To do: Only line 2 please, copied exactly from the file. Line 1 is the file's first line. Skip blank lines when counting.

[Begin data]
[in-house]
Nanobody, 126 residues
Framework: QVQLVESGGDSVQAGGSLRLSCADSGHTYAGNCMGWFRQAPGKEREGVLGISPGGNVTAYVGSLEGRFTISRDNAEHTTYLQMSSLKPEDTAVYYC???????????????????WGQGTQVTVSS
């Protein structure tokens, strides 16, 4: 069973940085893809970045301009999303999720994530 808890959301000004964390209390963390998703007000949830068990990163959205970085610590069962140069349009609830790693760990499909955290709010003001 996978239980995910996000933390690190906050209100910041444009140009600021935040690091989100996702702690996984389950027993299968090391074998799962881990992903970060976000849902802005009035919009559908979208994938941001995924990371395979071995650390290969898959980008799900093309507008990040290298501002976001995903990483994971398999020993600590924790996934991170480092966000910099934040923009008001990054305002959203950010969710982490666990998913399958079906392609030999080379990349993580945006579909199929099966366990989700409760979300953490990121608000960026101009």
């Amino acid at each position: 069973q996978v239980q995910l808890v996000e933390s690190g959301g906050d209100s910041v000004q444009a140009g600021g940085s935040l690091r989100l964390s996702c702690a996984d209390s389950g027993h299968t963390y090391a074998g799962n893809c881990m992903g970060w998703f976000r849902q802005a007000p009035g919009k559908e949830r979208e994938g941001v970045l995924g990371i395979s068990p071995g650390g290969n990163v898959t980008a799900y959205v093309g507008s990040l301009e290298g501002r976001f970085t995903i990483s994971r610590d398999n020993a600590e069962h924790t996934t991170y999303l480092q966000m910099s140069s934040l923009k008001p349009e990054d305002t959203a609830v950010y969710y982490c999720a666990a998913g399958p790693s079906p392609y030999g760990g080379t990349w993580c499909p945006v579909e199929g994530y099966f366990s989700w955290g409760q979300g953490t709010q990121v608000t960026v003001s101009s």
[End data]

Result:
Nanobody, 126 residues